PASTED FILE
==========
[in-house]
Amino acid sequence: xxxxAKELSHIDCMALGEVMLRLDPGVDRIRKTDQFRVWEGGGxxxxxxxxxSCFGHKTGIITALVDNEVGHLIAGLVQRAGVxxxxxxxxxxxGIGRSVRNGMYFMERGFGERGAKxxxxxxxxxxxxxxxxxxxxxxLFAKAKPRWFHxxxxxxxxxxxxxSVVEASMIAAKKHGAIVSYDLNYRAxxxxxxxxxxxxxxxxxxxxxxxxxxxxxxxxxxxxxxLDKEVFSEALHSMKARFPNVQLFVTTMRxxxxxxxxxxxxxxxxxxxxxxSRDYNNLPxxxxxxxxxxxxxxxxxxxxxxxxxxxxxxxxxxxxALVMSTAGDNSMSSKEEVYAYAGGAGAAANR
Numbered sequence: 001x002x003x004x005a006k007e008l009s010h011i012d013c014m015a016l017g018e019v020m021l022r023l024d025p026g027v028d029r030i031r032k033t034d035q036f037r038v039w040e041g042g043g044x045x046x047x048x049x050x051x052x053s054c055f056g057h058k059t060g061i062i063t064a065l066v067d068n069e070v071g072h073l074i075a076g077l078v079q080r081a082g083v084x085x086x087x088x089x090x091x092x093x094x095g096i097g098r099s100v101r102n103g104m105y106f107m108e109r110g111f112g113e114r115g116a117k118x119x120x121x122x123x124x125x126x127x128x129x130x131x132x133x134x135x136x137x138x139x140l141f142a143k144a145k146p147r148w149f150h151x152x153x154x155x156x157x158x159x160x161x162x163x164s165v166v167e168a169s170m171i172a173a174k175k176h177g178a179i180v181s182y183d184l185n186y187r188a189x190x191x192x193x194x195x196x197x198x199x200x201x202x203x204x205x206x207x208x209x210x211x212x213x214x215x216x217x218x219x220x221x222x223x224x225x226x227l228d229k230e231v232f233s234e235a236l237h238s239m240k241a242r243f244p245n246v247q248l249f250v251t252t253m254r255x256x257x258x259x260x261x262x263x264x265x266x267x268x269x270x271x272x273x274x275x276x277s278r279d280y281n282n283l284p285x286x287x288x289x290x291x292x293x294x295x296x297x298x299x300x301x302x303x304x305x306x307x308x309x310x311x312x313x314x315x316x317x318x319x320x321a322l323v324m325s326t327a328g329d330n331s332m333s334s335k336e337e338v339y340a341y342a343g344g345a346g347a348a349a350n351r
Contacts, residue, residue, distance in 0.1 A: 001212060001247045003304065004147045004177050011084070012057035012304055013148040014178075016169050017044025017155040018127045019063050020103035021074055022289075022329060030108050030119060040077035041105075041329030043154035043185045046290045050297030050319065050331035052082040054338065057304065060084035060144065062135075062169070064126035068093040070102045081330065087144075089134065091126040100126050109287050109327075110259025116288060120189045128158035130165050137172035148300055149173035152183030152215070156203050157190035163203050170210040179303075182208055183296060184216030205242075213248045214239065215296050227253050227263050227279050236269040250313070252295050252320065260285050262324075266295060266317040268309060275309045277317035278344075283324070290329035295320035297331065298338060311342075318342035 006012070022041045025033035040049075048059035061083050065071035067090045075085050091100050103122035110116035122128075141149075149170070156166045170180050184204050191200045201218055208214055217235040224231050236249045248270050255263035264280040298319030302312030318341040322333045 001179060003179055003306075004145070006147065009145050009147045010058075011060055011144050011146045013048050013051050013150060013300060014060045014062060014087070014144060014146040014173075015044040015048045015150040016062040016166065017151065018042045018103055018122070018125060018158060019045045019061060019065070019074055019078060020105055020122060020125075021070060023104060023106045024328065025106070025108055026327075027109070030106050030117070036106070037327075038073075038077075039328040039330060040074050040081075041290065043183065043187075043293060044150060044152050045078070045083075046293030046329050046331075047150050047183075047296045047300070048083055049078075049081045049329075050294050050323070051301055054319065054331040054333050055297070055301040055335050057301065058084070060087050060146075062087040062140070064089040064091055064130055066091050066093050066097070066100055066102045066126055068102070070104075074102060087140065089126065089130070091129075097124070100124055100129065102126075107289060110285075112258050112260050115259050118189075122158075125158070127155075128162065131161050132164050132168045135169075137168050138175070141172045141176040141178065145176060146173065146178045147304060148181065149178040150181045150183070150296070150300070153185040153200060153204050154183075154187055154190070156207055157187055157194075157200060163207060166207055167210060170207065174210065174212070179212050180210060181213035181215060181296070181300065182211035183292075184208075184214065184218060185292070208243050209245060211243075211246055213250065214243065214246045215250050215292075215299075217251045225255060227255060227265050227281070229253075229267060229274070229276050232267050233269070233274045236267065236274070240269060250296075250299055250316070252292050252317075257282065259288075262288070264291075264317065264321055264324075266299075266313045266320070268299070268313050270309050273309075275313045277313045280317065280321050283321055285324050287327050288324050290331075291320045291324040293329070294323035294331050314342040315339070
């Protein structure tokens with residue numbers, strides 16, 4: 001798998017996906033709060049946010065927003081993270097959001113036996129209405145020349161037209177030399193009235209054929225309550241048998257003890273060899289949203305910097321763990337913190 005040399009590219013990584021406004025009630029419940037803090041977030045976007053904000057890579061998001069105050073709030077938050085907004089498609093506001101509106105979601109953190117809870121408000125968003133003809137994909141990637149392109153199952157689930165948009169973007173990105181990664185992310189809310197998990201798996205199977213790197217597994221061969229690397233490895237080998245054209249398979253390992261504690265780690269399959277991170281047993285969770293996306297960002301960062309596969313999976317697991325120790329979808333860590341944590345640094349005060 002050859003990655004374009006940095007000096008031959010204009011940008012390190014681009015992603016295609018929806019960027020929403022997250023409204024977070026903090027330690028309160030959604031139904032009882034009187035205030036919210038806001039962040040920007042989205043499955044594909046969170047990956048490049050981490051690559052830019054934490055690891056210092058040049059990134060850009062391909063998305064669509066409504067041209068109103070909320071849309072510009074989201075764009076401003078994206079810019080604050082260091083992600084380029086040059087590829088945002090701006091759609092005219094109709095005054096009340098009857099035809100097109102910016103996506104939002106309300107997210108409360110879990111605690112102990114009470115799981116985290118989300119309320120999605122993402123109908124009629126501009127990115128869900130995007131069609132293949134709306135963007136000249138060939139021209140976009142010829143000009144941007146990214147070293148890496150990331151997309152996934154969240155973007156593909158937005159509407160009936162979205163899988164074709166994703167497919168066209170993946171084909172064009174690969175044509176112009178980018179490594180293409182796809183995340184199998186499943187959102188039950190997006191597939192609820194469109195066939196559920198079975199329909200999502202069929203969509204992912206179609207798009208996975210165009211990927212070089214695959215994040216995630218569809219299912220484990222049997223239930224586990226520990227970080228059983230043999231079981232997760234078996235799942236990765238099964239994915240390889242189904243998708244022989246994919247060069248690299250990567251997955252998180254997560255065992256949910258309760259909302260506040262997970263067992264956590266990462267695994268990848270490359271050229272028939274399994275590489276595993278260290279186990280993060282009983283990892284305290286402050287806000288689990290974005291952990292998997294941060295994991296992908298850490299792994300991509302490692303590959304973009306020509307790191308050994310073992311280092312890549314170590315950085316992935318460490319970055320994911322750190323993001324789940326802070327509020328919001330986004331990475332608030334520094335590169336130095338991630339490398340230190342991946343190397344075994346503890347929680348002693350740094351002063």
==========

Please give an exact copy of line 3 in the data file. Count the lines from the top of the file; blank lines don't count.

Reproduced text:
Numbered sequence: 001x002x003x004x005a006k007e008l009s010h011i012d013c014m015a016l017g018e019v020m021l022r023l024d025p026g027v028d029r030i031r032k033t034d035q036f037r038v039w040e041g042g043g044x045x046x047x048x049x050x051x052x053s054c055f056g057h058k059t060g061i062i063t064a065l066v067d068n069e070v071g072h073l074i075a076g077l078v079q080r081a082g083v084x085x086x087x088x089x090x091x092x093x094x095g096i097g098r099s100v101r102n103g104m105y106f107m108e109r110g111f112g113e114r115g116a117k118x119x120x121x122x123x124x125x126x127x128x129x130x131x132x133x134x135x136x137x138x139x140l141f142a143k144a145k146p147r148w149f150h151x152x153x154x155x156x157x158x159x160x161x162x163x164s165v166v167e168a169s170m171i172a173a174k175k176h177g178a179i180v181s182y183d184l185n186y187r188a189x190x191x192x193x194x195x196x197x198x199x200x201x202x203x204x205x206x207x208x209x210x211x212x213x214x215x216x217x218x219x220x221x222x223x224x225x226x227l228d229k230e231v232f233s234e235a236l237h238s239m240k241a242r243f244p245n246v247q248l249f250v251t252t253m254r255x256x257x258x259x260x261x262x263x264x265x266x267x268x269x270x271x272x273x274x275x276x277s278r279d280y281n282n283l284p285x286x287x288x289x290x291x292x293x294x295x296x297x298x299x300x301x302x303x304x305x306x307x308x309x310x311x312x313x314x315x316x317x318x319x320x321a322l323v324m325s326t327a328g329d330n331s332m333s334s335k336e337e338v339y340a341y342a343g344g345a346g347a348a349a350n351r